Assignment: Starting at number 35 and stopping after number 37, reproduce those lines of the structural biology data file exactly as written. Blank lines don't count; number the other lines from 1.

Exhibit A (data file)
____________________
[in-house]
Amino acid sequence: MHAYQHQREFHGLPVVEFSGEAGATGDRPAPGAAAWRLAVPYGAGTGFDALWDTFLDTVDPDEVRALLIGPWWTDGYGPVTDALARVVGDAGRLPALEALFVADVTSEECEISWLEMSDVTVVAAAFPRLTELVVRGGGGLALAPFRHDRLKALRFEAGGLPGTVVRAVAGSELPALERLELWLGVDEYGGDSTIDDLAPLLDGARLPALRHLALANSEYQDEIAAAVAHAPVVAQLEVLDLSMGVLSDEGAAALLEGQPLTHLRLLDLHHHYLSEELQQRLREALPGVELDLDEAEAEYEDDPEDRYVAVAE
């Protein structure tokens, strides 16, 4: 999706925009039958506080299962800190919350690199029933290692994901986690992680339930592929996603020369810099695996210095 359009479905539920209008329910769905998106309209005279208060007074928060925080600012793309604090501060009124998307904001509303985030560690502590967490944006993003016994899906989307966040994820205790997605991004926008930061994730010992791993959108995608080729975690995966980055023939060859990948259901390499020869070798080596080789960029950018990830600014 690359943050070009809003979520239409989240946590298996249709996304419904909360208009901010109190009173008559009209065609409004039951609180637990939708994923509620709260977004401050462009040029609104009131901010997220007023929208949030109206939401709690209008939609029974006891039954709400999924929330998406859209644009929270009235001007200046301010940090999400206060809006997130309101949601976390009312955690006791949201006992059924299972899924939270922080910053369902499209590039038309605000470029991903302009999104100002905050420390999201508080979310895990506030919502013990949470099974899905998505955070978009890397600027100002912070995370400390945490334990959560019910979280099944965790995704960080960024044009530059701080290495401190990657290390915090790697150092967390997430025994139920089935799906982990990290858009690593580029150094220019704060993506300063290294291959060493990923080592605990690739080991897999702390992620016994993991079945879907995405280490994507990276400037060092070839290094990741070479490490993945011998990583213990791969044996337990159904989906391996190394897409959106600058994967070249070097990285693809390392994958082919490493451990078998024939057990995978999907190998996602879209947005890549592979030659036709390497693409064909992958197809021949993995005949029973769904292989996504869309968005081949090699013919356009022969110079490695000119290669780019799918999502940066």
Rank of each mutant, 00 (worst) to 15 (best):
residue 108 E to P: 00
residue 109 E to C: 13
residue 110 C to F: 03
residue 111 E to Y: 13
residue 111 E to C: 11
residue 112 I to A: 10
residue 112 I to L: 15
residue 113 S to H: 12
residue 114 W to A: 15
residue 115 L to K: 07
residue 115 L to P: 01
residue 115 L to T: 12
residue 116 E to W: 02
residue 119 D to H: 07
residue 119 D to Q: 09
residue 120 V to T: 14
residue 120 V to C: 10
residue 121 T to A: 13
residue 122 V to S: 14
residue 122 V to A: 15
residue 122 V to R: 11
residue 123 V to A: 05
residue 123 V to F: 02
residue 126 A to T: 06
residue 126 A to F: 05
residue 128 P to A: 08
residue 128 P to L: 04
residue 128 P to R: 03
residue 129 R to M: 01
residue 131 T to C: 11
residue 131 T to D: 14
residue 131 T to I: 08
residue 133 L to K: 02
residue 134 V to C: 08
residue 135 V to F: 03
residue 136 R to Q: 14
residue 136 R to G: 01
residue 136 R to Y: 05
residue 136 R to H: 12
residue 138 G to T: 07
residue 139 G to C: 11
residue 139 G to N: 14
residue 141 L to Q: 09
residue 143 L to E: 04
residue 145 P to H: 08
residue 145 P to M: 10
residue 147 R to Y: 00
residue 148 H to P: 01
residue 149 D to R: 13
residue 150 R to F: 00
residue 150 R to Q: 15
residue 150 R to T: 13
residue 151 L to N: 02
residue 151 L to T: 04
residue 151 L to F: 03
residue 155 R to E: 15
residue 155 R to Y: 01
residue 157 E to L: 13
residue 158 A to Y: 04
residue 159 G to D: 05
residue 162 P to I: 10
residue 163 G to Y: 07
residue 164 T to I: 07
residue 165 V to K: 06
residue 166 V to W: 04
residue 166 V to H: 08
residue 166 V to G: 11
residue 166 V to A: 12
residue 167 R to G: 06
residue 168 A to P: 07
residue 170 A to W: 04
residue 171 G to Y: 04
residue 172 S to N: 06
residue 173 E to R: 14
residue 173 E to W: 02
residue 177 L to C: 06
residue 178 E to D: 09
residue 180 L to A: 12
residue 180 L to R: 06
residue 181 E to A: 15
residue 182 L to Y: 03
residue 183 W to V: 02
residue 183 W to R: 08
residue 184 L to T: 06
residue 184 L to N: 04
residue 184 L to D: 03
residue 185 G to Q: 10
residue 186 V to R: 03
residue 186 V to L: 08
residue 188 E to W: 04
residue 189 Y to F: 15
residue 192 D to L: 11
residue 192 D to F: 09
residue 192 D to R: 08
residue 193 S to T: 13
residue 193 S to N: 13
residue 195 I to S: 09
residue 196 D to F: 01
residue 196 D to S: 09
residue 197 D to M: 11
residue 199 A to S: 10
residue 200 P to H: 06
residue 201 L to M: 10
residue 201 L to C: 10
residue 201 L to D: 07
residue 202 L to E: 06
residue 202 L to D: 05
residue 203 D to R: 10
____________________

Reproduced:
residue 131 T to D: 14
residue 131 T to I: 08
residue 133 L to K: 02